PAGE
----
* Note: this is a backdated post from something I took notes on in the past
I was first introduced to Claude Shannon a few months before this article was published. I don’t recall exactly where I first saw the name, but the more I read about him the more interested I became. The authors of the article wrote a longer form biography of Claude, and summarised their process in the article. Here are some of my takeaways:
He’s the most important genius you’ve never heard of, a man whose intellect was on par with Albert Einstein and Isaac Newton.
From what I know now, well deserved praise.
His name may not ring a bell. Don’t worry, we didn’t know who he was either when we started.
I had no idea who we was either until a few months before this article was published.
Within engineering and mathematics circles, Shannon is a revered figure. Claude Shannon’s work in the 1930s and 1940s earned him the title of “father of the information age.” At the age of 21, he published what’s been called the most important master’s thesis of all time, explaining how binary switches could do logic. It laid the foundation for all future digital computers.
He wasn’t done. At the age of 32, he published “A Mathematical Theory of Communication,” which has been called “the Magna Carta of the information age.” Shannon’s masterwork invented the bit, or the objective measurement of information, and explained how digital codes could allow us to compress and send any message with perfect accuracy.
In other words, Shannon published not just one but two foundational papers for the computing age. His first, A Symbolic Analysis of Relay and Switching Circuits showed that Boolean algebra could be used to depict computer logic circuits, implying that a more theoretical approach could be applied towards creating said circuits. His second, A Mathematical Theory of Communication, describing signal and noise in communication, has been cited more than 100,000 times. 
There are plenty of mathematicians and engineers who write great papers. There are fewer of them who, like Shannon, are also jugglers, unicyclists, gadgeteers, first-rate chess players, codebreakers, expert stock-pickers, and amateur poets.
He was intellectually curious, and adopted a similar mindset discussed in my other post here
But distractions are a permanent feature of life, in any era, and Shannon shows us that shutting them out isn’t just a matter of achieving random bursts of focus. It’s about consciously designing one’s life and work habits to minimize them.
Cal Newport gives his opinion on time management here. As with most life advice, it’s not necessarily appropriate for everyone, but an approach worth thinking about applyiing in your own life.
Making the most of mentorship doesn’t just require the confidence to approach someone whose guidance can make a difference in your development. It requires the humility to take that guidance to heart, even when it’s uncomfortable, challenging, or counterintuitive.
I have mentored and been mentored by dozens of people. This is hard, regardless of which side I’m on. When I’m the mentee, I can feel that my mentor doesn’t know the full context of my situation, is coming from a different background, or the advice is too drastic. When I’m the mentor, I can get frustrated I’m not being listened too. Learning to let go here has been a struggle.
Bush’s generalist gospel struck such a deep chord with him, we think, because it accorded with Shannon’s natural curiosity. He was so successful in his chosen fields not just because of his raw intellectual horsepower, but because of how deliberately he kept his interests diverse.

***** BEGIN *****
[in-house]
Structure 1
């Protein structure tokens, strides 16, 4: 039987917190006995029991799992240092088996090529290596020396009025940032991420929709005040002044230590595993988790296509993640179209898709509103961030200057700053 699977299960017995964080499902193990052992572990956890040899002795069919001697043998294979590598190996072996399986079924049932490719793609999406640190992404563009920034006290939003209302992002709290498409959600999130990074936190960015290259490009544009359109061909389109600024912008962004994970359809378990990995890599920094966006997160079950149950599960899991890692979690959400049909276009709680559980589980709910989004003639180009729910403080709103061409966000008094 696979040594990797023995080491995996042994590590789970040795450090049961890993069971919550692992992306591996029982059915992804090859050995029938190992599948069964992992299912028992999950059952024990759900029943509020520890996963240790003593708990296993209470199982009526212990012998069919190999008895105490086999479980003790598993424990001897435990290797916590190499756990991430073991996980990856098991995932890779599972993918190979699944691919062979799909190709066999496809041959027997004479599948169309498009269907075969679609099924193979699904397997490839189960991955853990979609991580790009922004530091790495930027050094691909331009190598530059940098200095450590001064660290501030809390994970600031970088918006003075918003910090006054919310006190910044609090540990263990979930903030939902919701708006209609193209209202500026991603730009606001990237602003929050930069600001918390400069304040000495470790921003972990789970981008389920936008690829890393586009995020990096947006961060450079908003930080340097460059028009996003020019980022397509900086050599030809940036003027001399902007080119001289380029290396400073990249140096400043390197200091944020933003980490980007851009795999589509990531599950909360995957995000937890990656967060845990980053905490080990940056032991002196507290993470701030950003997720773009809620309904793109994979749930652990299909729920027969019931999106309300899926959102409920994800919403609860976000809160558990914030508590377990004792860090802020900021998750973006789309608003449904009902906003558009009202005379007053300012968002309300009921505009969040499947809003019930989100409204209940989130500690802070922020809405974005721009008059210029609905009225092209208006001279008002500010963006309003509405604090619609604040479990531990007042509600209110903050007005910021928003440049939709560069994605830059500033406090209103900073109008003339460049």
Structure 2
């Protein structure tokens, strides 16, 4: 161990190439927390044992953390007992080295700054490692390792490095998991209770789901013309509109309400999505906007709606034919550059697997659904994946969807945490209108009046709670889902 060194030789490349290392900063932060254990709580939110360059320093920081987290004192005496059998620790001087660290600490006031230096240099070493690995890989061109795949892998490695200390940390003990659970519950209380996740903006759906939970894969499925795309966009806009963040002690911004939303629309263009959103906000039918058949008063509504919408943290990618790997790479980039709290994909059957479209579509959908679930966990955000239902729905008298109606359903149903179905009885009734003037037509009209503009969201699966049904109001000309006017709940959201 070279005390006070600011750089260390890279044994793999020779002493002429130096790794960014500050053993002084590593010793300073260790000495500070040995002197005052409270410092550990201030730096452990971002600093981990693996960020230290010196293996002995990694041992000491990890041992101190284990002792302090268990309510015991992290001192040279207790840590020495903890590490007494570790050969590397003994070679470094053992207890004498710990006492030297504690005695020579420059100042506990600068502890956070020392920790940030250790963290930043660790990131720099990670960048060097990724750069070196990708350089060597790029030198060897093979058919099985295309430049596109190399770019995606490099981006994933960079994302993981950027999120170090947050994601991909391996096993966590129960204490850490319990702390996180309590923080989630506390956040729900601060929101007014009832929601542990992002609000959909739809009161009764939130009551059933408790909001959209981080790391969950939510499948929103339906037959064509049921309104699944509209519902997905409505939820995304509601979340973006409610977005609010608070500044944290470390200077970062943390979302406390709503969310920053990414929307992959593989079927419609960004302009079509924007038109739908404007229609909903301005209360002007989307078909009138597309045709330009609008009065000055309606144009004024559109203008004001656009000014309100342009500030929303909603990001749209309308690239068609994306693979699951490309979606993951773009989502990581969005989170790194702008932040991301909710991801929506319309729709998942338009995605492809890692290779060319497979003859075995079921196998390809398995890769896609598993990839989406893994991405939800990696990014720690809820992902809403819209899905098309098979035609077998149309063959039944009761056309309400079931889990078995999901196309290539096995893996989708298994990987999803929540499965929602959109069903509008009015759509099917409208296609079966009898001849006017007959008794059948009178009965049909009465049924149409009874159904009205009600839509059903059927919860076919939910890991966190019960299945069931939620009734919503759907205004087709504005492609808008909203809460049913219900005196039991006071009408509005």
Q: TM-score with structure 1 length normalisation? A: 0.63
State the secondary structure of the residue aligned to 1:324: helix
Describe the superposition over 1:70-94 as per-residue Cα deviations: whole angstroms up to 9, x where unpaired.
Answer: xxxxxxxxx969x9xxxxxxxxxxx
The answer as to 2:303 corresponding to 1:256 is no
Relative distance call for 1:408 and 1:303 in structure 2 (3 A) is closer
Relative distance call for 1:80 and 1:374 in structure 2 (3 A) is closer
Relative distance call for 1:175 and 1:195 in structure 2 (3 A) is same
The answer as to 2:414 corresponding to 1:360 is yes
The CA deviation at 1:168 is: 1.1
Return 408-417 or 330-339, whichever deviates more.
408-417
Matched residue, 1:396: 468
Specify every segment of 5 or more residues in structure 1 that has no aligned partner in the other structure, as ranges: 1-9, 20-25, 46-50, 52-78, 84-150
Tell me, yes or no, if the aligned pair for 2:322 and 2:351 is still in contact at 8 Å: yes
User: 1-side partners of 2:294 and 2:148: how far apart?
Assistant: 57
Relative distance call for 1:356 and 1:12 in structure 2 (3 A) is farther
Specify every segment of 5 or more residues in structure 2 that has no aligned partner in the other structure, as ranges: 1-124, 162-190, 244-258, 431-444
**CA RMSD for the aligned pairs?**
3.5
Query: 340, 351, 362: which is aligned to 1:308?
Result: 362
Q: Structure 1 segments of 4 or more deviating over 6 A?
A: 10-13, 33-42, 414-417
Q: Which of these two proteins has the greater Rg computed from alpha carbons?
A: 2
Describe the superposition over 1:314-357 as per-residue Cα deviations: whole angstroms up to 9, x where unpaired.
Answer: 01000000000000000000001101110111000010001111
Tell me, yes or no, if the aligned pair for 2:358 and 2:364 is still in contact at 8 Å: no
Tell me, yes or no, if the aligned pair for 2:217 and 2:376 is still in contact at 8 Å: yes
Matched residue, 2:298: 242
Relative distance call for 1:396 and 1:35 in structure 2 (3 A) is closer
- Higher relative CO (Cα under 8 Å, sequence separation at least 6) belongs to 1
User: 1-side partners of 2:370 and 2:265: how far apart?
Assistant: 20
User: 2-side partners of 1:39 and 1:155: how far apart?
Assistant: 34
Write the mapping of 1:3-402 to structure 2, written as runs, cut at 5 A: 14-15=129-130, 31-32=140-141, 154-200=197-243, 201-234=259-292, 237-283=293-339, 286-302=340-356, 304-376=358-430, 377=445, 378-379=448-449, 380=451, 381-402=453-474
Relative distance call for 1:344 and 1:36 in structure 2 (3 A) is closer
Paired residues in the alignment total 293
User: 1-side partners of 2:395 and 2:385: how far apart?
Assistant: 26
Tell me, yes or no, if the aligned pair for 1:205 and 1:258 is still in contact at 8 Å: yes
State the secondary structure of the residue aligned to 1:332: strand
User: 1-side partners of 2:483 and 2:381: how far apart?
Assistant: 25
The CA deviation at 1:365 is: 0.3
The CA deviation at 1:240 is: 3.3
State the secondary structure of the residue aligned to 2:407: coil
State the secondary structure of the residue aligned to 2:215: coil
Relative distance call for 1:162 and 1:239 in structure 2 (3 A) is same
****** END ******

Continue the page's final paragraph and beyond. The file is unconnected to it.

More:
As mentioned above, the conflict between specialising vs generalising is difficult. Shane Parrish discusses this topic here with the help of advice from others, and comes back to the conclusion to “Specialize most of the time, but spend time understanding the broader ideas of the world.”
Reflecting on this time later, he remembered the flashes of intuition. The work wasn’t linear; ideas came when they came.
Sometimes improvement is nonlinear and comes in step functions instead. I’ve read about this before but can’t find a source for this at the moment.
Shannon benefitted from the same process. He grew smarter and more creative because he chose to surround himself, almost exclusively, with people whose smarts and creativity he admired. More than most of us, he was deliberate in his friendships, only choosing friends who drew out his best.
It’s easier to improve and learn when your social group is interested in the same, and willing to challenge and push back on your ideas. Time is an important, if not the most important resource, and you should err on the side of being more selective here.
Never confuse simplicity with simple-mindedness. It takes work to distill, to get at the essence of things, to be brief. If you stop yourself from saying something in a meeting because you’ve just thought, “Well, that’s just too simple,” you might want to think again. It may be that it’s the very thing that needs to be said.
I’m conflicted here. People seem to like complexity and overly long presentations for the sake of showing that they know what they’re talking about. I don’t know if this works, or if people see through that. 
We’re all conscious of our status, and for the ambitious and talented, it’s especially tough to be indifferent to it. Shannon can help us break that hold, though, because his example points us to the rich prize on the other side of indifference: fun and freedom.
An attitude to aim for, but again difficult to maintain. Status also does give you a certain freedom to do things others can’t though…
- I barely understood both papers, so let me know if I provided a wrong description.
- Am also wondering if this post is overly long…